Subprime housing crisis. Dramatic shifts in the global economy. Bankruptcies. Bailouts. They all are economic terms to which few of us paid much attention — until now. Today we are experiencing the brunt of a financial blow that has impacted our total economy. As the economic downturn expands, many businesses are going under. Tens of thousands of individuals and families all across our nation are suffering from job loss, or at least the possibility of job loss. Perhaps you are, too.
Joblessness is a stress-maker of huge proportions. The emotional upheaval of losing a job is a major life change that can leave a person feeling totally out of control — and angry.
Obviously, reduced income significantly increases the need to make sound financial choices, and economic downswings like the one we're experiencing amplify that need. Any personal financial crisis today places you in the middle of a global crisis. It's not easy to know just what to do.
Organizations such as Consumer Credit Counseling Service (CCCS) often can help you negotiate the financial maze, especially with your creditors. The Atlanta CCCS office (888-771-4673 or www.cccsatl.org) works with people in any area of the country.
Crown Financial Ministries has a network of trained volunteer budget counselors who may be helpful to you during difficult financial transitions. Call Crown at 800-722-1976 or visit www.crown.org for more information.
Your new "job" may be to find a job. However, often the trauma of job loss requires time for healing and evaluating what has happened. Unfortunately, most people don't have the luxury of time for emotional healing, because bills pile up, mouths must be fed, and mortgages have to be paid.
Most families simply don't have adequate savings for such emergencies. Add to that the numbers of other job seekers resulting from a mounting unemployment rate, and you could be facing a formidable task.
Nevertheless, if you've lost your job, there are several things you should do:
1 List financial assets. Take immediate stock of your finances. Include savings, spendable assets, income, any severance pay, and unemployment compensation. Then, develop a short-term financial plan. To do this you must:
• Know your bottom-line monthly needs, and include all bills.
• Cut expenses in every way possible. Yes, that could mean things like cable, cell phones, and so forth.
• Arrange a plan with creditors that will reduce payments on a temporary basis.
• Project the cash you will have available for a short-term budget and determine a timeline for how long you can be without work.
• Tell your church if you have a need for financial assistance during this transitional period.
There was a day when the church helped its own, but then the government took over that responsibility. Perhaps it's time once again for the church to be the church in this respect.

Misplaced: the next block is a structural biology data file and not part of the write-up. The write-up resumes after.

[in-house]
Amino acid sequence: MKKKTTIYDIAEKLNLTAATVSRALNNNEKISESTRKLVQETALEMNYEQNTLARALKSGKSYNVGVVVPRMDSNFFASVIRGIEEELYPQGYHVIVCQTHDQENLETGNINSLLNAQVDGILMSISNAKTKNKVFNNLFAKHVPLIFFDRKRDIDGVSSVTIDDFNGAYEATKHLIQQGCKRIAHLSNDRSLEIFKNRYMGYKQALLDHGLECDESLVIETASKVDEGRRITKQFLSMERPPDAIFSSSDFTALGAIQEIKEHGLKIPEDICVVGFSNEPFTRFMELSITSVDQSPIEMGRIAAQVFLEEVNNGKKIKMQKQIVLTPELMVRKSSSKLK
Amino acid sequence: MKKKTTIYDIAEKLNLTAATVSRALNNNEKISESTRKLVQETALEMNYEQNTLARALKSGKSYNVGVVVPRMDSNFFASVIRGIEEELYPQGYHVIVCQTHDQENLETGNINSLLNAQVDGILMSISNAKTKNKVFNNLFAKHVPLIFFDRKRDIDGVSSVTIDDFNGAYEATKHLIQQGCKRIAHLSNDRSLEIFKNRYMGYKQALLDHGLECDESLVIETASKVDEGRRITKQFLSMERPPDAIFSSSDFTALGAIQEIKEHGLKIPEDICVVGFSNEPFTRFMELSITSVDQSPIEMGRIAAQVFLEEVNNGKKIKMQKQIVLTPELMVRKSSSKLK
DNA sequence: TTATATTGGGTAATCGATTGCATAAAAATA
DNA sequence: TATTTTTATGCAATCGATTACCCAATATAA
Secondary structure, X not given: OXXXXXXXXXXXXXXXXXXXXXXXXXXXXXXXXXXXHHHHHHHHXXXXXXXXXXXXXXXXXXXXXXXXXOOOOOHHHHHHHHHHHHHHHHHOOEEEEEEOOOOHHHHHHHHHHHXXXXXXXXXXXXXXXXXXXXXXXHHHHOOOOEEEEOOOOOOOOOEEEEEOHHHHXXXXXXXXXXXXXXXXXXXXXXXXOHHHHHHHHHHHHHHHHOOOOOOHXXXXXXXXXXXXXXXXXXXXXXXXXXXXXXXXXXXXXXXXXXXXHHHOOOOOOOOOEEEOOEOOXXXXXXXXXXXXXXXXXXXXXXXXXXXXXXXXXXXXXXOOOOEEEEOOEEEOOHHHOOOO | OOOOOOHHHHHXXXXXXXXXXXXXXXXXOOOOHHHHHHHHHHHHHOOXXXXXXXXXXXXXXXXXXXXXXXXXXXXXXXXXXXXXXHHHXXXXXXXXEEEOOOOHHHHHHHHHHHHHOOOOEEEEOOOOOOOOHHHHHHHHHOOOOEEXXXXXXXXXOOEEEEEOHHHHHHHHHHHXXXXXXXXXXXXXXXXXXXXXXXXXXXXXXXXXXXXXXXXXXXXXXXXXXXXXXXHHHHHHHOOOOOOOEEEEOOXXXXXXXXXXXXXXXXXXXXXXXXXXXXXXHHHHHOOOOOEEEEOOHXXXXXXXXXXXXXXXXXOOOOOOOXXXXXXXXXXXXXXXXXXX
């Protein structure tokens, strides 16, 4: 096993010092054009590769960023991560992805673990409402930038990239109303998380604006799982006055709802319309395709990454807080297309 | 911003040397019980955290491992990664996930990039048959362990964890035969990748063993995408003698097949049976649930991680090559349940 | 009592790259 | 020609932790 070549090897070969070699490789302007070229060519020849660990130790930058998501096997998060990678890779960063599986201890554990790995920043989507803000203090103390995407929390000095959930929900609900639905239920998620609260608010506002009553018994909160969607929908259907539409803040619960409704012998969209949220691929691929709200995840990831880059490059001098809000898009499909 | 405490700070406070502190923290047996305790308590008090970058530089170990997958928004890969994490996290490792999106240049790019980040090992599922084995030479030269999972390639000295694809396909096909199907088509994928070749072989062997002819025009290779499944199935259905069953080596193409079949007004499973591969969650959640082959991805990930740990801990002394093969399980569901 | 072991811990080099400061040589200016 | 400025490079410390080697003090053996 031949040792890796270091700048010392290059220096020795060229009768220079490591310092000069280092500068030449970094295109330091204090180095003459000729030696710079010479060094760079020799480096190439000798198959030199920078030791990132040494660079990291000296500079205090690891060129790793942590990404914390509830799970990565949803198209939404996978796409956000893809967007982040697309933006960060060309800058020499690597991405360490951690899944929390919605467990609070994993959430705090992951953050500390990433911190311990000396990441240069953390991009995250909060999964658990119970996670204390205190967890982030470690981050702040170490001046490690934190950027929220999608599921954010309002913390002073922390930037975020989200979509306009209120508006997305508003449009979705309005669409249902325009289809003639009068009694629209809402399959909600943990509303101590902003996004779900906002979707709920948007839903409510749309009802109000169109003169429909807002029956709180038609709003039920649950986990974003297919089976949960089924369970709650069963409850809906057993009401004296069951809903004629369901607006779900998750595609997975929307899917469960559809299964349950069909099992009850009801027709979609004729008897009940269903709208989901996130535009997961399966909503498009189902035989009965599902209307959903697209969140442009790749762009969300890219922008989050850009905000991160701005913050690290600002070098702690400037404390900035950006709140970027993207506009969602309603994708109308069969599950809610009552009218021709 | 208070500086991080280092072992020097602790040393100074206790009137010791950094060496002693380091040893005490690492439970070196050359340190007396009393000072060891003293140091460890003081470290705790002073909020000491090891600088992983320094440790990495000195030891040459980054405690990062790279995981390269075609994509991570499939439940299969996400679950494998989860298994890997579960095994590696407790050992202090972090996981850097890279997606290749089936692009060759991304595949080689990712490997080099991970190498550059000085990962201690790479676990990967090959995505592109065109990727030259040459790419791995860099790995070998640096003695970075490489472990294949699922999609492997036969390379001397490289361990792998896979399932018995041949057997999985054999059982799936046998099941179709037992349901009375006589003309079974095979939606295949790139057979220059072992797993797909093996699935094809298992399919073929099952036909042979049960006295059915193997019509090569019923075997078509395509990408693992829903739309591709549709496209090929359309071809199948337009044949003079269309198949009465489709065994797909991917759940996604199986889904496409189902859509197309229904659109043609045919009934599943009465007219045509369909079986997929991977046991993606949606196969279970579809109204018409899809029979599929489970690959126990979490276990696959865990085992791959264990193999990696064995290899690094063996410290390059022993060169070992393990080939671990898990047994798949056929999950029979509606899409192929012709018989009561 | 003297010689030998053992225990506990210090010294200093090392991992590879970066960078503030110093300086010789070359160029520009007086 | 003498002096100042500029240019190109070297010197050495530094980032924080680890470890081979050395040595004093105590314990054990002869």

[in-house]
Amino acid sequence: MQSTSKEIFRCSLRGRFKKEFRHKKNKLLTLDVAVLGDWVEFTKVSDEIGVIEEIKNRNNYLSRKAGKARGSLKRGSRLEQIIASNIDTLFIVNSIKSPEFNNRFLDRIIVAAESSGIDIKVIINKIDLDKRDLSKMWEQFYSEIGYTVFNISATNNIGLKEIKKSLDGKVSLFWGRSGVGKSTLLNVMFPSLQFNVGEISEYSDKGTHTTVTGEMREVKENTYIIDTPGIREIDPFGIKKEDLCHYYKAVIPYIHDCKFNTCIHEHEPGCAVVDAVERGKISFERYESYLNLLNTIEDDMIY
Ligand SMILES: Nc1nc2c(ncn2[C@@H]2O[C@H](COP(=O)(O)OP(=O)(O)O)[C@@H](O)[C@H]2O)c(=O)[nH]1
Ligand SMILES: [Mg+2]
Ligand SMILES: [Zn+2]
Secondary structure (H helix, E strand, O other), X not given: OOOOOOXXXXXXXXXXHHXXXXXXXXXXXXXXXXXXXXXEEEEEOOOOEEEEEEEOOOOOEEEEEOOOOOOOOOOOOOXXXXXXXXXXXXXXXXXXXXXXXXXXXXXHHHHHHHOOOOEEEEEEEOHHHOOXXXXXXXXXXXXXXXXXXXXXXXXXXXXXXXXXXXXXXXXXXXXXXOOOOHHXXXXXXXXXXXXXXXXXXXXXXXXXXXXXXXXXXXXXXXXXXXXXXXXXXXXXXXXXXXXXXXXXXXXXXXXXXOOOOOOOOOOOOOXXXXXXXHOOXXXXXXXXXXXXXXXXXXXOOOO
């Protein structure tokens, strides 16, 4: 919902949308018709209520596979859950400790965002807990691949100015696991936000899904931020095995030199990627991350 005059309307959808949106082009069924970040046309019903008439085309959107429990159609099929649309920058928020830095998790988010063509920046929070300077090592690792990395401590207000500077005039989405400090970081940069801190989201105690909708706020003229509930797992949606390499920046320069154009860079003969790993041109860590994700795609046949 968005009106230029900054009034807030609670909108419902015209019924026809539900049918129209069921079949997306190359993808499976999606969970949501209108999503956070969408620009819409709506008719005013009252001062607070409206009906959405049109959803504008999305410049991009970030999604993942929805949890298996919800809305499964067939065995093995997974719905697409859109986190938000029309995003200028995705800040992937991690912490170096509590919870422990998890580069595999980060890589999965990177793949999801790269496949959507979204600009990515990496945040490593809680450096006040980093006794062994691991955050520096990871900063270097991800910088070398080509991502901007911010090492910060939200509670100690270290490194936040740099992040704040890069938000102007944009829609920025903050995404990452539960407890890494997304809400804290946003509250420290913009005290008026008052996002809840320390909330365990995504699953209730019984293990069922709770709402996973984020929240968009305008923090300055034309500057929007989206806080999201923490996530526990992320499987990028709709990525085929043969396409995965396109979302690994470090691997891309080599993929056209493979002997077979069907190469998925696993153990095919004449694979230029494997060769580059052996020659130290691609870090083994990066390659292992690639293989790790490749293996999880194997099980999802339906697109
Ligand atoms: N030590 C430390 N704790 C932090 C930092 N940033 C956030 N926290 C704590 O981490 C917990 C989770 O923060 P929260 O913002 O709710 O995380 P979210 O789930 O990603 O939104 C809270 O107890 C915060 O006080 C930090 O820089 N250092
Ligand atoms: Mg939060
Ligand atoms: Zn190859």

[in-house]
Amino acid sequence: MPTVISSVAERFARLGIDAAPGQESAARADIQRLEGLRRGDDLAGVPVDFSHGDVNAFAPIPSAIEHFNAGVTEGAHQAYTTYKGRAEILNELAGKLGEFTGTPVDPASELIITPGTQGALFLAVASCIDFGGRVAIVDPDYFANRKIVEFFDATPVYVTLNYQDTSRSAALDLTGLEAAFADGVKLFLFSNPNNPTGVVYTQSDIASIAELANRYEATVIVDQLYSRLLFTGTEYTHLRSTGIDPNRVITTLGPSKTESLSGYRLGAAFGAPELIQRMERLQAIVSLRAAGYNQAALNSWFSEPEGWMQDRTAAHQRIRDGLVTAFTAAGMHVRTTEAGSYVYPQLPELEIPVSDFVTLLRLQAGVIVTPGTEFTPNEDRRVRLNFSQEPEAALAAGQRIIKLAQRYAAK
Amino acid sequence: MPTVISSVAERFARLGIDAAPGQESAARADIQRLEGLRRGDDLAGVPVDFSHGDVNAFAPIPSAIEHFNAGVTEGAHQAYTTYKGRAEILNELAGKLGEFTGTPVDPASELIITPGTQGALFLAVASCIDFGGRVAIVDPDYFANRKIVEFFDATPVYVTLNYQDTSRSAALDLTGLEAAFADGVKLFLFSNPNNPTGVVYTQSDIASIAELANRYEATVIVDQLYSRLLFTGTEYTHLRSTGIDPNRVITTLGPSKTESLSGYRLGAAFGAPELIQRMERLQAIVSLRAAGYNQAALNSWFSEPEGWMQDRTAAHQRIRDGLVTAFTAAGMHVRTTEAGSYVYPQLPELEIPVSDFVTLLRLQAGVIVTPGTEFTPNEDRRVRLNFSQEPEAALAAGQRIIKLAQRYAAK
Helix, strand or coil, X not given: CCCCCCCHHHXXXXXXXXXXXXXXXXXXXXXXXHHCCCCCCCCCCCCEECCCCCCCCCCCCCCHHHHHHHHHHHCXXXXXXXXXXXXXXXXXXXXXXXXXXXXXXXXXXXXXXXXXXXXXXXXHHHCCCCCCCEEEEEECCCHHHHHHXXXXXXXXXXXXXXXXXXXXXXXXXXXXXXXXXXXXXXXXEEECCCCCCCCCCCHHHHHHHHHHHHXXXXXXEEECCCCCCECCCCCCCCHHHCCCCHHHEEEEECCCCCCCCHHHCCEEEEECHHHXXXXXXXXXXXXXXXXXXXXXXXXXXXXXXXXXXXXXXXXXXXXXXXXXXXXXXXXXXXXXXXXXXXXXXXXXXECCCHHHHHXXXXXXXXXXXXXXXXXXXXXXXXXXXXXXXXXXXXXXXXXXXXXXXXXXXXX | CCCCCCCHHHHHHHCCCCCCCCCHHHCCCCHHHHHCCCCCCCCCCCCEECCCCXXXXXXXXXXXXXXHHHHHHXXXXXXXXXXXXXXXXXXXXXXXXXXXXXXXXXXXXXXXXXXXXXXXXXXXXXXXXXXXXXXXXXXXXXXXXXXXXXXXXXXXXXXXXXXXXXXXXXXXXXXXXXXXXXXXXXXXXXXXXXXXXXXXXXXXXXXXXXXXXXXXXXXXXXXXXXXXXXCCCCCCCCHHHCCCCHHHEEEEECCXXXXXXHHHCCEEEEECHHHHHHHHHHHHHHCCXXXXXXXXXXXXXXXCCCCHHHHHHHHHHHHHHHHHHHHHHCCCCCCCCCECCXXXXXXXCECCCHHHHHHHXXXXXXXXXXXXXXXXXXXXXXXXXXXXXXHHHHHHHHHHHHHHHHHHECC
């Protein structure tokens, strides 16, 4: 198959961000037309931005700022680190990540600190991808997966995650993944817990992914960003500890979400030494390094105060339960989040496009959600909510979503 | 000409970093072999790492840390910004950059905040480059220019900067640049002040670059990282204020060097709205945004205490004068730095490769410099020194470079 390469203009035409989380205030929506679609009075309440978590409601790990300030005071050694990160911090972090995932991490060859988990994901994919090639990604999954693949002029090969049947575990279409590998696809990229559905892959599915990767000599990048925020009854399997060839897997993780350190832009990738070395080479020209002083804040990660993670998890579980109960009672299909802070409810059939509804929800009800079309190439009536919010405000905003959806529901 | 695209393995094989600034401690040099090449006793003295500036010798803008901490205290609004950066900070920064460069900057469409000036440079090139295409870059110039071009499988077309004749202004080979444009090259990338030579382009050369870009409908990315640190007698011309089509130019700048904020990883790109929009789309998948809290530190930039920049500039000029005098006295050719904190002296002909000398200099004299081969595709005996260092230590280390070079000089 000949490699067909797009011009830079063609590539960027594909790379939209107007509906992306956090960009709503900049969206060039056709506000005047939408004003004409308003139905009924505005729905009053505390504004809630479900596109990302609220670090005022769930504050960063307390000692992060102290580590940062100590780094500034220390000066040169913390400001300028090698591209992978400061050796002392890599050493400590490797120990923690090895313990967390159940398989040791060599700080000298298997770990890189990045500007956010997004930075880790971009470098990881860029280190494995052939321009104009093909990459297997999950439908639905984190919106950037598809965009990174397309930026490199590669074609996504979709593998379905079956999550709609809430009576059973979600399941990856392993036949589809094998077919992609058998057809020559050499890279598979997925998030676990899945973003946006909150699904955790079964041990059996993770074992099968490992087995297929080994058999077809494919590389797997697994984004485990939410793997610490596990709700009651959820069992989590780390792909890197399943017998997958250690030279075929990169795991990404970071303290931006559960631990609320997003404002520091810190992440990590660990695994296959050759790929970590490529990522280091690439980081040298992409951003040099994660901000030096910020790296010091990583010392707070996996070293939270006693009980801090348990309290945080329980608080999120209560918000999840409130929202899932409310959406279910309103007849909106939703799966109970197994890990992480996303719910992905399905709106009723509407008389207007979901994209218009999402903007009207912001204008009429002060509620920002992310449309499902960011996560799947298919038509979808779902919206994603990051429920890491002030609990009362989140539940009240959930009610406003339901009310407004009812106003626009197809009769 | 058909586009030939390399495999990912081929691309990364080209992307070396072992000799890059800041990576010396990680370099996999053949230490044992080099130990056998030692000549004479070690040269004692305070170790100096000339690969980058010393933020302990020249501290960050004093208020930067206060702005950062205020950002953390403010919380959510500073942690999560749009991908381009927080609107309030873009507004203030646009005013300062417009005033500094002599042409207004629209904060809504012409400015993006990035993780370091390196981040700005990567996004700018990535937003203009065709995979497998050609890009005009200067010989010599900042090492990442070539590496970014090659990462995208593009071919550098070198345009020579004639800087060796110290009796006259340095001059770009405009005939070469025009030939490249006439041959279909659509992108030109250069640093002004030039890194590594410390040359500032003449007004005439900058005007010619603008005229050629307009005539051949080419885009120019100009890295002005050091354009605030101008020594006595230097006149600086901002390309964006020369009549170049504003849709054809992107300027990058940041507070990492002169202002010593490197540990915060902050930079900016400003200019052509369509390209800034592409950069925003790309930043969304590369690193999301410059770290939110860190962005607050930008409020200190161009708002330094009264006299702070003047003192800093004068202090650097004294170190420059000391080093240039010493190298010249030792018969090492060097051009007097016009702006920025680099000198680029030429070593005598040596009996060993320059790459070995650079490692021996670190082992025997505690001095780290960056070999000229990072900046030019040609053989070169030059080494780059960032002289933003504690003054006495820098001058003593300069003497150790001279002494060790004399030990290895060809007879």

2 Inventory non-financial assets. During a time like this, you'll need to conduct an honest, completely candid self-analysis.
• Outline your work history and identify types of work and responsibilities you've had.
• Identify your transferable skills so you can present them to a potential employer. This is no time to think you have to start at the top of the heap.
• Develop a one-page résumé (unless you've been employed in the same field ten or more years) and tailor it to fit any particular job openings.
• Think creatively, and if you have the financial resources, consider learning new skills.
• Career guide resources are available at www.crown.org.
3 Know network assets. Use leads from people you know to make direct contact with potential employees. Networking is the name of the game.
• Get involved in a church-sponsored job network group, or begin one yourself.
• Be very cautious using Internet job searches. Economic slumps bring many imaginative scam artists online too.
• Set and meet measurable goals for daily job search assignments.
• Remember, getting a job is your new job for now.
4 Look after your greatest assets. Economic conditions are terrible — and they could become worse. So, check your spiritual pulse and that of your family, and be sure you're trusting God.
• Continue family devotions, Bible study, and prayer. This is no time to become a spiritual dropout.
• Relax, relate to family members and others, and avoid excesses of any kind.
• Get enough sleep, eat well, exercise, and spend six to eight hours each day job-hunting.
• Covenant with your spouse or a friend so they can hold you accountable for goals in your job search and encourage you in the process.
• Continue to trust God and wait patiently for Him to provide your next job. The psalmist wrote, If I say, "My foot is slipping," Your faithful love will support me, LORD (Psalm 94:18).
Remember, Christian, in all that occurs, God will hold you up.